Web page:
Immunosenescence-associated microRNAs in age and heart failure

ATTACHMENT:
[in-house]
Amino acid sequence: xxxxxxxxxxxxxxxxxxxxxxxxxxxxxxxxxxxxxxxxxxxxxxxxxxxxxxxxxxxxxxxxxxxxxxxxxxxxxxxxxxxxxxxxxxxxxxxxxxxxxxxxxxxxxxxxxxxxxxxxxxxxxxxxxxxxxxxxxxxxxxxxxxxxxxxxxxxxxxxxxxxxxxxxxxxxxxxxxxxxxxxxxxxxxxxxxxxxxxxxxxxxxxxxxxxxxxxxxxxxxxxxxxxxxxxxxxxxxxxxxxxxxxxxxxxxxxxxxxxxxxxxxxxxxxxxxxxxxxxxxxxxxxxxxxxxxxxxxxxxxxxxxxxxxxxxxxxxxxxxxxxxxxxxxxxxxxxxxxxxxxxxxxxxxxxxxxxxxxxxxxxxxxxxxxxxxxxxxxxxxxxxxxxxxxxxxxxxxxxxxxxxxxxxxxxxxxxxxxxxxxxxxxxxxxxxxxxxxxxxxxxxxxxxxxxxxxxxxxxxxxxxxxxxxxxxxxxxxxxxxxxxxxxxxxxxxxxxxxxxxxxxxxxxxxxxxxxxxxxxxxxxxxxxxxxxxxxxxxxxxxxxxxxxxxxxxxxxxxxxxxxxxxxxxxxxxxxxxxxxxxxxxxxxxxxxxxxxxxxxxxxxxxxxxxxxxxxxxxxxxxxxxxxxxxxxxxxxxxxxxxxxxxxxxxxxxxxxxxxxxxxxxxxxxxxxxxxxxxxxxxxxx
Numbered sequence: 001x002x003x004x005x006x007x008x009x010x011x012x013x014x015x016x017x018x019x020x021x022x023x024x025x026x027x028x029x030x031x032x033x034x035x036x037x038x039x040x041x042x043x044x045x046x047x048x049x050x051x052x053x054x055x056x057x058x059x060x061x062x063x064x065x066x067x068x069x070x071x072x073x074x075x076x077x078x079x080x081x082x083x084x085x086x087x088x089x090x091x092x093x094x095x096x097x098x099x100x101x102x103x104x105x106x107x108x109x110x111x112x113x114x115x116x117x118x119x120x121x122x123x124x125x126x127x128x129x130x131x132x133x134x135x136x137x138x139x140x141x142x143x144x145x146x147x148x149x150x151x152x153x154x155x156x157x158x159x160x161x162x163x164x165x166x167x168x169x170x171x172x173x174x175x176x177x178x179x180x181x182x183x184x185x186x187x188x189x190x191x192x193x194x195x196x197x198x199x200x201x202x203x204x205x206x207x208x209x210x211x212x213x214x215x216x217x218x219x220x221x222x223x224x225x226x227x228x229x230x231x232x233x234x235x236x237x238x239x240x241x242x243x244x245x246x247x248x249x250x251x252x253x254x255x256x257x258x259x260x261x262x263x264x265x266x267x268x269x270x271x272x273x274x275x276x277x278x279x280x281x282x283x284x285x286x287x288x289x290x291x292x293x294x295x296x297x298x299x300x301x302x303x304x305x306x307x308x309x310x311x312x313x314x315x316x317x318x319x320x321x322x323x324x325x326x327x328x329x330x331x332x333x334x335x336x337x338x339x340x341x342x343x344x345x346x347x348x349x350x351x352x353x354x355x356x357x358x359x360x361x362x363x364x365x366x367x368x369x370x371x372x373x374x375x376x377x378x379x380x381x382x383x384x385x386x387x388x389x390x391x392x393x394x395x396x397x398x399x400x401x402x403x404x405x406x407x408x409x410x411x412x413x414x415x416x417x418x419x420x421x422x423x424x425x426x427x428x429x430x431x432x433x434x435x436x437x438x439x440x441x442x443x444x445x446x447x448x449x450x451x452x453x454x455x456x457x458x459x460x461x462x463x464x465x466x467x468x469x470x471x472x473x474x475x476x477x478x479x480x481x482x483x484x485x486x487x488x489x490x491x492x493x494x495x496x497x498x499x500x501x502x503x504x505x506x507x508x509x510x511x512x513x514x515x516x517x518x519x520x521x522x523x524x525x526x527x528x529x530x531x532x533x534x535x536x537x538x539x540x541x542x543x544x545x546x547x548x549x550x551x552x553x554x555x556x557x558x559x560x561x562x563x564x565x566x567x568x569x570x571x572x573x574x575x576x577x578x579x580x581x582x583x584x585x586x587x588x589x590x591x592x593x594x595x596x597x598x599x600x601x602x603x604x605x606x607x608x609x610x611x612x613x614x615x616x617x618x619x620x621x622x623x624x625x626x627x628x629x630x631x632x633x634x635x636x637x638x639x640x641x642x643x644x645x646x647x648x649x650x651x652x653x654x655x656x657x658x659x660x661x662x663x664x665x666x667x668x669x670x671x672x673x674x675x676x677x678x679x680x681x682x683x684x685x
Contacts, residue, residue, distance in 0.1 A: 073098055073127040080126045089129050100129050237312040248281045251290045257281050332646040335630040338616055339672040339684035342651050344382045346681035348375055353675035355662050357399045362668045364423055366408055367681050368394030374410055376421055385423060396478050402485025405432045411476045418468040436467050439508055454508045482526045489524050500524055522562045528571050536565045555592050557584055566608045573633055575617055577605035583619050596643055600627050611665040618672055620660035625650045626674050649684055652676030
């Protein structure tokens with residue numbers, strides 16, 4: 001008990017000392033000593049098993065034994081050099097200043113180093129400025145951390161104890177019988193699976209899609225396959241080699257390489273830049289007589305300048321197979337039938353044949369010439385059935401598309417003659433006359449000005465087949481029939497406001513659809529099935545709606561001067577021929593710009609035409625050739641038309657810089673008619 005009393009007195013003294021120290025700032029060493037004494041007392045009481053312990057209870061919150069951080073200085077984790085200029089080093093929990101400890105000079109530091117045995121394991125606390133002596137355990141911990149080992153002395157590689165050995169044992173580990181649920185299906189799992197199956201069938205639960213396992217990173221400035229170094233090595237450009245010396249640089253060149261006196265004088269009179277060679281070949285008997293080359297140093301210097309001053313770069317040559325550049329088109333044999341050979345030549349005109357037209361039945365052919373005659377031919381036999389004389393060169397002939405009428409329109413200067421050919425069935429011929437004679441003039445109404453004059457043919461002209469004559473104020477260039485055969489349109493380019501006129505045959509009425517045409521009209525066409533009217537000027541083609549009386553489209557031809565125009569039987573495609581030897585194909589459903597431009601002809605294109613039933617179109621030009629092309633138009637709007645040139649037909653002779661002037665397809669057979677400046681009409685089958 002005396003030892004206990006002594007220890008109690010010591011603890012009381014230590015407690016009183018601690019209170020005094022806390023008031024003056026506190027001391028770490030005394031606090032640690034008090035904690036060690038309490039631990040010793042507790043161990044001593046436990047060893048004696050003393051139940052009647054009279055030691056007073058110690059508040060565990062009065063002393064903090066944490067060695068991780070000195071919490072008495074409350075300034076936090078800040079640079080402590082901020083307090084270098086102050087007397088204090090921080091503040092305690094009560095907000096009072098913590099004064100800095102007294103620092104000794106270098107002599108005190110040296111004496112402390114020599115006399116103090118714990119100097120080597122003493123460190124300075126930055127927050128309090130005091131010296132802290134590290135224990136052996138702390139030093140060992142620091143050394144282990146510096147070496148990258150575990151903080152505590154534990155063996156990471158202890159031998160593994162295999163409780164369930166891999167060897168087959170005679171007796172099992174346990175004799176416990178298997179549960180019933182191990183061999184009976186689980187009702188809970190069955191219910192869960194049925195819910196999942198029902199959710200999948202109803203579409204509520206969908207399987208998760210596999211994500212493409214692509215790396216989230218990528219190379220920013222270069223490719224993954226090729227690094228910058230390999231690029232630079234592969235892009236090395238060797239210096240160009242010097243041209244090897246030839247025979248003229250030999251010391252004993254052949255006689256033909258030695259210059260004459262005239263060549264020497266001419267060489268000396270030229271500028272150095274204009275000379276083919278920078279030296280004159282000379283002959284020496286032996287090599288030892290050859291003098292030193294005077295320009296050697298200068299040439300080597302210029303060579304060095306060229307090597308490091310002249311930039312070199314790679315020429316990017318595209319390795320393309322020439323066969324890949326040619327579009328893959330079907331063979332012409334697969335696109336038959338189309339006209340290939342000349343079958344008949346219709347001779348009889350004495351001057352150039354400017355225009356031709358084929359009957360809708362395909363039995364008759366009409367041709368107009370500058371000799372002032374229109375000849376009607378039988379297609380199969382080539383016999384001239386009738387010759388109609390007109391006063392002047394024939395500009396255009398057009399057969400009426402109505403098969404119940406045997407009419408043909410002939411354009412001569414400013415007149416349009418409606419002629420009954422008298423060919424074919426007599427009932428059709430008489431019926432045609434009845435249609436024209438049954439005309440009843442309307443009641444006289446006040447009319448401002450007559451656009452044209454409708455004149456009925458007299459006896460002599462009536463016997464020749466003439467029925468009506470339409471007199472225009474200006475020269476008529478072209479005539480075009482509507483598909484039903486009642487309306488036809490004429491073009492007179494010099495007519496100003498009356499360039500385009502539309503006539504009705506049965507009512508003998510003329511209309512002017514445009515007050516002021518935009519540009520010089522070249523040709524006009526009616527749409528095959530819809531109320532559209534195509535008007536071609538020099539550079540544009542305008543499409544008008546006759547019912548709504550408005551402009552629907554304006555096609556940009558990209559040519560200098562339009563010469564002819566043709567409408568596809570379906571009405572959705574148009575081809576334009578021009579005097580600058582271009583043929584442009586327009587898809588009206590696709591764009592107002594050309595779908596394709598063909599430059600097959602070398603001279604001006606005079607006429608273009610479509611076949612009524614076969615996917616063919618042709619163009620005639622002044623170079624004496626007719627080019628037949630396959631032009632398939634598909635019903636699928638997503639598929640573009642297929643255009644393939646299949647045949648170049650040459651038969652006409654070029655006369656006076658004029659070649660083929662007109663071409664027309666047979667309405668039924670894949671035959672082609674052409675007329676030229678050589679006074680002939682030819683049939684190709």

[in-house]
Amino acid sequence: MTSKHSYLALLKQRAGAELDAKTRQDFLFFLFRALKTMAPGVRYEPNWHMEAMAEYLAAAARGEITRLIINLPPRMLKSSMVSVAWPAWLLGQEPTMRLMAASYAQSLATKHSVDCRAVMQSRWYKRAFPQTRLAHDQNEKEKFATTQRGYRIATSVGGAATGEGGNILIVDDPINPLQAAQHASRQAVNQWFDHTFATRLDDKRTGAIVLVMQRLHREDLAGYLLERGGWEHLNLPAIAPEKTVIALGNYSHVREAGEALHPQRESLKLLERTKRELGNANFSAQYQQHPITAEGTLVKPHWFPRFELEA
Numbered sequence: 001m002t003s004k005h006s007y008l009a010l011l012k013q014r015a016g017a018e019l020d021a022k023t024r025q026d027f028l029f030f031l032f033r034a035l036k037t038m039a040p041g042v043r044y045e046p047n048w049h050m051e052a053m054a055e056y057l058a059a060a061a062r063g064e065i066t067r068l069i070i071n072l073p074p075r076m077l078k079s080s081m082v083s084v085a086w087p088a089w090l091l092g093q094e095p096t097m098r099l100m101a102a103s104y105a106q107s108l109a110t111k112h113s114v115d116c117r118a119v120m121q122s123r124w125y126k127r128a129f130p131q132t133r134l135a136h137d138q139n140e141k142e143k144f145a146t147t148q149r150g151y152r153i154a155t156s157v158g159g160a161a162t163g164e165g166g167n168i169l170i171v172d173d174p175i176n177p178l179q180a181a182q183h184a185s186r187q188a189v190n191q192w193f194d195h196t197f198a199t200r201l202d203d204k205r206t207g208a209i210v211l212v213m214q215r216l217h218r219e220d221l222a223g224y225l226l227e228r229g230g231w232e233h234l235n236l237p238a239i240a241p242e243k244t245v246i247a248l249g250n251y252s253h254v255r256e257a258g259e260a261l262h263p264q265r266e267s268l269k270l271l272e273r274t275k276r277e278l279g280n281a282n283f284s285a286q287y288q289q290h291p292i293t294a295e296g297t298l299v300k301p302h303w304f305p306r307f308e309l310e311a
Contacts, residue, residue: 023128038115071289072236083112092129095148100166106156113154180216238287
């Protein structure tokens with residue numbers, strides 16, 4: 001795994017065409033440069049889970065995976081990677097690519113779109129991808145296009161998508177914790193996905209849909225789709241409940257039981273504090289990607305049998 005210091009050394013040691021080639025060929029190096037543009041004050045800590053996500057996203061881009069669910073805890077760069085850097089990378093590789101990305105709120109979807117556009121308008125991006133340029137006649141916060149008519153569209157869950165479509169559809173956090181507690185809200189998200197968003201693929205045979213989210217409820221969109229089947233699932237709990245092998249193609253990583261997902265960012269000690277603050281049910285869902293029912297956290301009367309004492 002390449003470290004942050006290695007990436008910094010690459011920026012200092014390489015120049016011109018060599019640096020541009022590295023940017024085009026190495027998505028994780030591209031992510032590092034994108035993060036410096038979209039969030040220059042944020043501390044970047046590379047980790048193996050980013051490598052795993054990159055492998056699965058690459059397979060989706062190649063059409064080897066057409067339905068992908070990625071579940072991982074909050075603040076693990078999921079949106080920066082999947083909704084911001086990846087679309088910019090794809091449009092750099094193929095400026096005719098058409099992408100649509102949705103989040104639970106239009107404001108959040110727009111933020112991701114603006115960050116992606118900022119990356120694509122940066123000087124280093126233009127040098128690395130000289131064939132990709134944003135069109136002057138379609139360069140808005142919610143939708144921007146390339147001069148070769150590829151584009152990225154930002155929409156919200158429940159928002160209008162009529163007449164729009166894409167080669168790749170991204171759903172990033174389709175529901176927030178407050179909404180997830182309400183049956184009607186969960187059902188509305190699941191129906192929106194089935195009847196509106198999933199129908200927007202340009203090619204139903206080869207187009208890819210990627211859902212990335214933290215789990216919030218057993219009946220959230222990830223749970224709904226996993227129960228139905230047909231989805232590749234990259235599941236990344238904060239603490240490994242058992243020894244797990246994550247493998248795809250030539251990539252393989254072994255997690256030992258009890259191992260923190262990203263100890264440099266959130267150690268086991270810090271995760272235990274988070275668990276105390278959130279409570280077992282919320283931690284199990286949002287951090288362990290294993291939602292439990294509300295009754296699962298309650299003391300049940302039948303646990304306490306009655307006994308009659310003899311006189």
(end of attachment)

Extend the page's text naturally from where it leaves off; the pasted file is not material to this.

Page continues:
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AimsAgeing of the immune system, immunosenescence, is characterized by impaired lymphopoiesis, especially B-lymphocyte maturation, and is a hallmark of chronic heart failure (CHF). MicroRNAs (miRNAs) are non-coding, small RNAs, which post-transcriptionally control gene expression of multiple target genes. The miR-181 family is known to control haematopoietic lineage differentiation. Here, we study the role of the miR-181 family in immunosenescence and CHF.Methods and resultsWe conducted a clinical study analysing peripheral blood (PB) for miRNA expression and leucocyte distribution of young healthy controls (25 ± 4 years; n = 30), aged healthy controls (64 ± 5 years; n = 13), and age-matched CHF patients (64 ± 11years; n = 18). The expression of miR-181 family members was reduced, whereas miR-34a was increased in PB of aged individuals. In particular, miR-181c was further reduced in age-matched CHF patients. In PB, we observed reduced numbers of lymphocytes, in particular cytotoxic T cells and B cells, with rising age, and the expression of miR-181 correlated with the number of B cells. Notably, in CHF patients, ischaemic heart failure was associated with a further reduction of total B cells as well as their subpopulations, such as memory B cells, compared with age-matched healthy volunteers.ConclusionsAgeing- and CHF-associated changes in PB leucocyte subsets are paralleled by alterations in the expression of miRNAs involved in lymphopoiesis, which might play an important role in the age-related and CHF-mediated dysregulation of immune functions resulting in immunosenescence. Furthermore, miR-181c may serve as a marker for reduced immune functions in CHF patients.

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